When does coercion become torture?

November 05, 2007|By Richard Saccone

LATROBE, Pa. -- The Senate Judiciary Committee is to vote tomorrow on the nomination of Michael B. Mukasey to be attorney general, and some senators say they won't confirm him unless he defines waterboarding as torture. Perhaps Mr. Mukasey should have asked the senators to define torture first. Until they clarify the term, it is dangerous to discuss specific techniques used in interrogation.

A usable definition has been blurred by those who insist on confusing the terms "coercive interrogation" and "torture." Some point to the United Nations' definition for an answer, but by focusing on one word in the U.N. Convention Against Torture, we can see the problem. Article 1 defines torture as "severe pain or suffering, whether physical or mental, intentionally inflicted on a person for such purposes as obtaining from him or a third person information or a confession." The adjective that clouds the subject and allows for numerous interpretations is "severe."

What is severe? Sleep deprivation and stress positions are commonly mentioned by opponents of such interrogation, but what do those terms mean? If an interrogator keeps an unlawful combatant up 15 minutes past his bedtime, is that sleep deprivation? What about 30 minutes, or an hour? If I force a prisoner to kneel for 10 minutes, is that torture? Should it require presidential approval? If I grab an uncooperative terrorist by the front of his shirt and shake him, or if I yell at him, is that torture? What is the line where an act crosses over from coercive interrogation to torture?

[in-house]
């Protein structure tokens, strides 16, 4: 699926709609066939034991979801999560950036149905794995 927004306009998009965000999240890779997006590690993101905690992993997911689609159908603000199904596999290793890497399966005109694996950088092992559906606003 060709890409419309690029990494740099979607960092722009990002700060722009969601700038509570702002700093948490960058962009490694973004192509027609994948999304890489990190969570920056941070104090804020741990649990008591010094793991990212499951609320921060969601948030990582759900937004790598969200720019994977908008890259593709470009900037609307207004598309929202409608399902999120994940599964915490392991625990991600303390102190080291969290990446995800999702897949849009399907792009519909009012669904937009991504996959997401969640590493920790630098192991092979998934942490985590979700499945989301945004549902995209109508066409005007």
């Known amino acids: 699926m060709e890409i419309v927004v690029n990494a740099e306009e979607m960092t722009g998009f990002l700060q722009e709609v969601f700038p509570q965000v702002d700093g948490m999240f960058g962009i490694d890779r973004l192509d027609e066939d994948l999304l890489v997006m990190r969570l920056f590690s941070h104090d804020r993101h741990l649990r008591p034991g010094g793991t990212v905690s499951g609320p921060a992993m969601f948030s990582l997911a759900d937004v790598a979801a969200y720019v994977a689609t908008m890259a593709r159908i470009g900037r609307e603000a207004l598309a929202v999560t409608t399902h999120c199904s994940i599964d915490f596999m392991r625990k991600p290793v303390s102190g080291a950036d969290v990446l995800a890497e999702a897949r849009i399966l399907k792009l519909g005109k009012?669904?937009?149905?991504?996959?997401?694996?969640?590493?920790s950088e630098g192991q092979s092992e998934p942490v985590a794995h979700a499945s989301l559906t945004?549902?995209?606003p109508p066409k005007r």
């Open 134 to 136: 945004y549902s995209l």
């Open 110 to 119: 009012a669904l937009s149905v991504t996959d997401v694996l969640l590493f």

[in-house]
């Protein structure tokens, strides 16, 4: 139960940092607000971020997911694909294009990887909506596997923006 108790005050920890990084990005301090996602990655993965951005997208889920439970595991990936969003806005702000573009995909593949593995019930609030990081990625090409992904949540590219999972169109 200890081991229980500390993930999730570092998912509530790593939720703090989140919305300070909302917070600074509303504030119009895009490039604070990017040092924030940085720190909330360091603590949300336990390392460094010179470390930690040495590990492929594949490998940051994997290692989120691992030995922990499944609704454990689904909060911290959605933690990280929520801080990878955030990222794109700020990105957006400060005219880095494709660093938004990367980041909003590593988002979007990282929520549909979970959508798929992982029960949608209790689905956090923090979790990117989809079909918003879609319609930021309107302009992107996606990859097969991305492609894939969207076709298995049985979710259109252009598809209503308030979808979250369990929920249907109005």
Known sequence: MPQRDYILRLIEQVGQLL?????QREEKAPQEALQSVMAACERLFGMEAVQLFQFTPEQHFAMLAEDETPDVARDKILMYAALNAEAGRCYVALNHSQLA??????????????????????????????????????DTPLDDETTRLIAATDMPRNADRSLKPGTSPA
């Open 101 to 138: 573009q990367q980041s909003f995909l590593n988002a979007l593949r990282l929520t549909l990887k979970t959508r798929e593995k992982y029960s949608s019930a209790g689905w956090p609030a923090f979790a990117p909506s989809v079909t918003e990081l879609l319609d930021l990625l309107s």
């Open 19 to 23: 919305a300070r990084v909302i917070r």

Of course, at the far end of the spectrum there is common agreement. The U.S. does not electrocute prisoners' genitals or chop their fingers off one at a time. Those acts are illegal and punishable. However, advocates of coerced interrogation insist that making a prisoner uncomfortable should not be confused, or in any way equated with, torture.

There are those on the political left - and even some within the law enforcement and military community - who insist we should ban any coercion. Rapport-building is certainly one method of intelligence-gathering, and it should be used when applicable, but the technique takes time. It is best used in strategic intelligence-gathering situations. But if soldiers pick up a terrorist while planting his last IED of the day and want to discover where the others were hidden before lives are lost, there is no time to make friends. If the terrorist shows a vulnerability to a coercive technique, our forces should be allowed the option in order to gather the needed information.

Opponents argue that coercive techniques yield unreliable information. I offer two counterpoints. First, the prisoner must understand the process will not cease until the information is verified; if he confesses to planting an IED on the corner of Mansour Street, then a radio dispatch is sent for a patrol to check it out. My experience is that the prisoner will provide correct information. Second, if a person under coercion confesses anything, he will usually begin with the truth.

If the U.S. concedes that virtually any coercion qualifies as torture, our enemies will draw moral equivalencies between compelling a prisoner to kneel for 10 minutes and slowly lowering him into a paper shredder - after all, torture is torture.

Any attorney general should insist on policy guidelines allowing for interrogation techniques that fall short of a clear definition of torture, beginning with long-lasting or permanent physical harm. The bar for defining torture must be higher than simple coercion.

Allowing the left to draw moral equivalence between a slap to the belly and dismemberment does not protect the lives of Americans. Our representatives need to support coerced interrogations and stop twisting logic to demagogue the issue for political gain. We can draw limits and provide punishments for abuse of the techniques by interrogators, but for the sake of our security and American lives, we cannot prohibit coercive interrogations.

Richard Saccone is a retired counterintelligence agent who served one year in Iraq. He teaches international relations, global terrorism and political science at St. Vincent College. His e-mail is richard.saccone@email.stvincent.edu.

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